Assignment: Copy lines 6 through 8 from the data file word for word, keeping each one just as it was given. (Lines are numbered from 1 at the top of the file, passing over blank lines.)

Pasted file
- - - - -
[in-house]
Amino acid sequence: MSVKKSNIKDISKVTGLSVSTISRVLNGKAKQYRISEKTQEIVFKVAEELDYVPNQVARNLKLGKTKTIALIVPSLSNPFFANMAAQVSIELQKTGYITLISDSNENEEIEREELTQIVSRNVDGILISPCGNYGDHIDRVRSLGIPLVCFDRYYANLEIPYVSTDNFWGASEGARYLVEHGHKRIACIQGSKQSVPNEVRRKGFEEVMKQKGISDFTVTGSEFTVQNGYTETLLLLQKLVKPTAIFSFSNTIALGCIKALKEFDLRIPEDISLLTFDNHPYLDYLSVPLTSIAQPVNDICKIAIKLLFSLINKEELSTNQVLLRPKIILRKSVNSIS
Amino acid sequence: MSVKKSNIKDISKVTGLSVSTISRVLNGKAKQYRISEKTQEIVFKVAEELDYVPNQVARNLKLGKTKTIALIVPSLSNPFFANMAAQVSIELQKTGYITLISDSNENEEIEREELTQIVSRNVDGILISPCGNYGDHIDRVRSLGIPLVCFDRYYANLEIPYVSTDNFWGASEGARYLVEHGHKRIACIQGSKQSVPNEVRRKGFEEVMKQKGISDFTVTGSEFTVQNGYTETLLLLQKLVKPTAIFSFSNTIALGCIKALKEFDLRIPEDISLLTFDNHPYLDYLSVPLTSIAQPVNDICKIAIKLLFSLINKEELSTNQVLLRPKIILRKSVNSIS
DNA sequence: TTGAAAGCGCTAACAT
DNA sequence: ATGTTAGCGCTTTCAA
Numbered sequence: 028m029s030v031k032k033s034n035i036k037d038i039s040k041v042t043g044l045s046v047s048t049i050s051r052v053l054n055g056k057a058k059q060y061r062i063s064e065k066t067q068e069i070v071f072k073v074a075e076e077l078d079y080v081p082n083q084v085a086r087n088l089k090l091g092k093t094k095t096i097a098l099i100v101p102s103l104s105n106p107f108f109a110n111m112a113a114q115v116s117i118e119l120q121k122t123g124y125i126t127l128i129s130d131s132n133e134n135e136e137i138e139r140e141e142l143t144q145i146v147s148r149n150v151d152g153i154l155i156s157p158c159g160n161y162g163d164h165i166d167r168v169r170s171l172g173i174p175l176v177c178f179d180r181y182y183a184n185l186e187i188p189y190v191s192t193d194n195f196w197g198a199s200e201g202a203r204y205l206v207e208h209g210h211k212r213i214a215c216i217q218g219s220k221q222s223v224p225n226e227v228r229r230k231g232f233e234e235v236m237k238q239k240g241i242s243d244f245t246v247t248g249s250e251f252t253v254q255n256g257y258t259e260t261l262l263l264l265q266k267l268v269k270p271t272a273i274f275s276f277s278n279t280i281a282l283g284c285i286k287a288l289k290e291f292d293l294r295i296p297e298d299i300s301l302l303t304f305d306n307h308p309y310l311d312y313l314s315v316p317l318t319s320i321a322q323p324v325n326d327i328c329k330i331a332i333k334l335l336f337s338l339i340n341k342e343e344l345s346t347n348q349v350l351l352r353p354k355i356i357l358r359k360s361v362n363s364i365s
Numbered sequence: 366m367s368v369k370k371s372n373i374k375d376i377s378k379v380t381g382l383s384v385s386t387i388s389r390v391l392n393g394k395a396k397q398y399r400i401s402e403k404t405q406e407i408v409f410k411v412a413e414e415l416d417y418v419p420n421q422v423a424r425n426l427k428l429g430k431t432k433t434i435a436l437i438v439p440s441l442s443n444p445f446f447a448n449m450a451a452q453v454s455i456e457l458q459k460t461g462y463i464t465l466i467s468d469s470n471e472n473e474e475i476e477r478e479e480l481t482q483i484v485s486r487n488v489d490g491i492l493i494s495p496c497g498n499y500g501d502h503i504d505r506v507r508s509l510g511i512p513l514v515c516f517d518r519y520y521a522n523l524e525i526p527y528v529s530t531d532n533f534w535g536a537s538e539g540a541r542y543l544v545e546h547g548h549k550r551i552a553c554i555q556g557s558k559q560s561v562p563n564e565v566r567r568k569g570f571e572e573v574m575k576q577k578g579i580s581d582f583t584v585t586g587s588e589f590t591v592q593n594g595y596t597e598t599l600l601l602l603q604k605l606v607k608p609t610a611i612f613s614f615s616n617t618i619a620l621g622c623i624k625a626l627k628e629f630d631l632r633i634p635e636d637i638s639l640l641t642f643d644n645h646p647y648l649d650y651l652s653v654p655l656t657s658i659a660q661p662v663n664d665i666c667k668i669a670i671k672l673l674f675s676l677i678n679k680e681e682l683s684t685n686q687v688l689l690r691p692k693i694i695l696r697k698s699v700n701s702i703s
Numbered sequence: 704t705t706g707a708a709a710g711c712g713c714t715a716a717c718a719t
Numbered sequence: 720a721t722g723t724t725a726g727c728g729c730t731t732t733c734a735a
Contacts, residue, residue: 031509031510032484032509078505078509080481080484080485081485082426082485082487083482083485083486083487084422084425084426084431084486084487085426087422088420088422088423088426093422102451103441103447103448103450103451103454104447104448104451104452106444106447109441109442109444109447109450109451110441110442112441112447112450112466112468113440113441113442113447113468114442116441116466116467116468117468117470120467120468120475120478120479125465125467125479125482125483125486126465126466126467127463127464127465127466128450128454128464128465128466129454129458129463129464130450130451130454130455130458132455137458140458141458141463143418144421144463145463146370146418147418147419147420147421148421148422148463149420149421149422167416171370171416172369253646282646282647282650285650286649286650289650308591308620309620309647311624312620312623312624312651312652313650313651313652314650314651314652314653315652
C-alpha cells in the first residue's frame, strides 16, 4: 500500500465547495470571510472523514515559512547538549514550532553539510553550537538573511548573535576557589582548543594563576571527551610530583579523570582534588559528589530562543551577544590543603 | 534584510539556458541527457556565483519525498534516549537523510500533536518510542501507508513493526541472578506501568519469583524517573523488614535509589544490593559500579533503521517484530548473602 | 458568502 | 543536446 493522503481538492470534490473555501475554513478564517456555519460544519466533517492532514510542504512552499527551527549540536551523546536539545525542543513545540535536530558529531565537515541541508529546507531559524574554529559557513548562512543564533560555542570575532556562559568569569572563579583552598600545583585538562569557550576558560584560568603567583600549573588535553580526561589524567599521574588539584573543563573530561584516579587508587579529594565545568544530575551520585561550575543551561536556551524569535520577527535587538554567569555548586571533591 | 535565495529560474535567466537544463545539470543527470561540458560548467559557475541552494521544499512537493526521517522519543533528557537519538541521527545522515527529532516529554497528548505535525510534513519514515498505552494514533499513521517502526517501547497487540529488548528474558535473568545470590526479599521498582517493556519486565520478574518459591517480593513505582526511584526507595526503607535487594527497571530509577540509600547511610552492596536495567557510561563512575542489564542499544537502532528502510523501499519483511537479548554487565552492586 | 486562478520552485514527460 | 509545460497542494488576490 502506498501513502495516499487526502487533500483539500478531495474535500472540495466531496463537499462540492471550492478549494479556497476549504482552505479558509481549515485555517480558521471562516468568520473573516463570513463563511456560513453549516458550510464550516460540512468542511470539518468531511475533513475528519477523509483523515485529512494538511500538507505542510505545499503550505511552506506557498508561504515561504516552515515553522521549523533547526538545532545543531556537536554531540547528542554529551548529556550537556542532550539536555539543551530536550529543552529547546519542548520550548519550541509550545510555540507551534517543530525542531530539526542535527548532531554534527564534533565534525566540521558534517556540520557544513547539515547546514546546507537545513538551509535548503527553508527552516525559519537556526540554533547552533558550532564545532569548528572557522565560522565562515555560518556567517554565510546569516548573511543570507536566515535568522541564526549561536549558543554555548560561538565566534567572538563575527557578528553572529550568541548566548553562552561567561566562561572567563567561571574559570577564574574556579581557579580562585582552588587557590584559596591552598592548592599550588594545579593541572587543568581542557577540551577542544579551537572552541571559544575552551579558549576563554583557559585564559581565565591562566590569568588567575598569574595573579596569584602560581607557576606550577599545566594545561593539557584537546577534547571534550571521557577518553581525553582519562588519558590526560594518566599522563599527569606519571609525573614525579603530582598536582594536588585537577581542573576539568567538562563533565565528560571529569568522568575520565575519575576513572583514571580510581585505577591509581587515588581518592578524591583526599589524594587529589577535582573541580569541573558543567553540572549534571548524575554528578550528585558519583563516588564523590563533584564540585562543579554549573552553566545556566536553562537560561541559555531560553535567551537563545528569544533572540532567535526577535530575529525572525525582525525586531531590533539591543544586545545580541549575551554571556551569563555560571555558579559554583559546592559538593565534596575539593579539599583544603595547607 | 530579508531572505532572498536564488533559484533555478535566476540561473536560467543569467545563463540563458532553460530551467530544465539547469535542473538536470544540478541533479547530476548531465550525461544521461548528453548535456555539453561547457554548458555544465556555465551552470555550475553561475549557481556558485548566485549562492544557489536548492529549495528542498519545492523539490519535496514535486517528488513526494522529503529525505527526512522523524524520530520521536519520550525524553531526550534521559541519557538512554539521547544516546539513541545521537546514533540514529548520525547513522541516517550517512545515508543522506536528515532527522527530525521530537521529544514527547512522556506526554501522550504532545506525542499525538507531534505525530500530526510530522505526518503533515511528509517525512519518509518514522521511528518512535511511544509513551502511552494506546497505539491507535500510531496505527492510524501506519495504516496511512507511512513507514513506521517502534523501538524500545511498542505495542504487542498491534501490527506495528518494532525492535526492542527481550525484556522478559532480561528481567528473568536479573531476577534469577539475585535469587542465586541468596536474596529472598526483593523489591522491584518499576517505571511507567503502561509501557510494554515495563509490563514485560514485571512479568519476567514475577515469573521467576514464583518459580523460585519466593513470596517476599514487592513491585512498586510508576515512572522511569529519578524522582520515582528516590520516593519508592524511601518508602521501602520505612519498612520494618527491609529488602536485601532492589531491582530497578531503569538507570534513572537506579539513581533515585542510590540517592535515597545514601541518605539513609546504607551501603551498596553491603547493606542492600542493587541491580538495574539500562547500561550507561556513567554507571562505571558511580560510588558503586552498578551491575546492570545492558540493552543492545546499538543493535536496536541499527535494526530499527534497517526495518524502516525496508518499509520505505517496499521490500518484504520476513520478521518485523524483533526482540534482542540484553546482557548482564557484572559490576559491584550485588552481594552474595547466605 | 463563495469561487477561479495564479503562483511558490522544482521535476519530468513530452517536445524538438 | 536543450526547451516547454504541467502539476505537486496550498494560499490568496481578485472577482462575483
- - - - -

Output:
Numbered sequence: 028m029s030v031k032k033s034n035i036k037d038i039s040k041v042t043g044l045s046v047s048t049i050s051r052v053l054n055g056k057a058k059q060y061r062i063s064e065k066t067q068e069i070v071f072k073v074a075e076e077l078d079y080v081p082n083q084v085a086r087n088l089k090l091g092k093t094k095t096i097a098l099i100v101p102s103l104s105n106p107f108f109a110n111m112a113a114q115v116s117i118e119l120q121k122t123g124y125i126t127l128i129s130d131s132n133e134n135e136e137i138e139r140e141e142l143t144q145i146v147s148r149n150v151d152g153i154l155i156s157p158c159g160n161y162g163d164h165i166d167r168v169r170s171l172g173i174p175l176v177c178f179d180r181y182y183a184n185l186e187i188p189y190v191s192t193d194n195f196w197g198a199s200e201g202a203r204y205l206v207e208h209g210h211k212r213i214a215c216i217q218g219s220k221q222s223v224p225n226e227v228r229r230k231g232f233e234e235v236m237k238q239k240g241i242s243d244f245t246v247t248g249s250e251f252t253v254q255n256g257y258t259e260t261l262l263l264l265q266k267l268v269k270p271t272a273i274f275s276f277s278n279t280i281a282l283g284c285i286k287a288l289k290e291f292d293l294r295i296p297e298d299i300s301l302l303t304f305d306n307h308p309y310l311d312y313l314s315v316p317l318t319s320i321a322q323p324v325n326d327i328c329k330i331a332i333k334l335l336f337s338l339i340n341k342e343e344l345s346t347n348q349v350l351l352r353p354k355i356i357l358r359k360s361v362n363s364i365s
Numbered sequence: 366m367s368v369k370k371s372n373i374k375d376i377s378k379v380t381g382l383s384v385s386t387i388s389r390v391l392n393g394k395a396k397q398y399r400i401s402e403k404t405q406e407i408v409f410k411v412a413e414e415l416d417y418v419p420n421q422v423a424r425n426l427k428l429g430k431t432k433t434i435a436l437i438v439p440s441l442s443n444p445f446f447a448n449m450a451a452q453v454s455i456e457l458q459k460t461g462y463i464t465l466i467s468d469s470n471e472n473e474e475i476e477r478e479e480l481t482q483i484v485s486r487n488v489d490g491i492l493i494s495p496c497g498n499y500g501d502h503i504d505r506v507r508s509l510g511i512p513l514v515c516f517d518r519y520y521a522n523l524e525i526p527y528v529s530t531d532n533f534w535g536a537s538e539g540a541r542y543l544v545e546h547g548h549k550r551i552a553c554i555q556g557s558k559q560s561v562p563n564e565v566r567r568k569g570f571e572e573v574m575k576q577k578g579i580s581d582f583t584v585t586g587s588e589f590t591v592q593n594g595y596t597e598t599l600l601l602l603q604k605l606v607k608p609t610a611i612f613s614f615s616n617t618i619a620l621g622c623i624k625a626l627k628e629f630d631l632r633i634p635e636d637i638s639l640l641t642f643d644n645h646p647y648l649d650y651l652s653v654p655l656t657s658i659a660q661p662v663n664d665i666c667k668i669a670i671k672l673l674f675s676l677i678n679k680e681e682l683s684t685n686q687v688l689l690r691p692k693i694i695l696r697k698s699v700n701s702i703s
Numbered sequence: 704t705t706g707a708a709a710g711c712g713c714t715a716a717c718a719t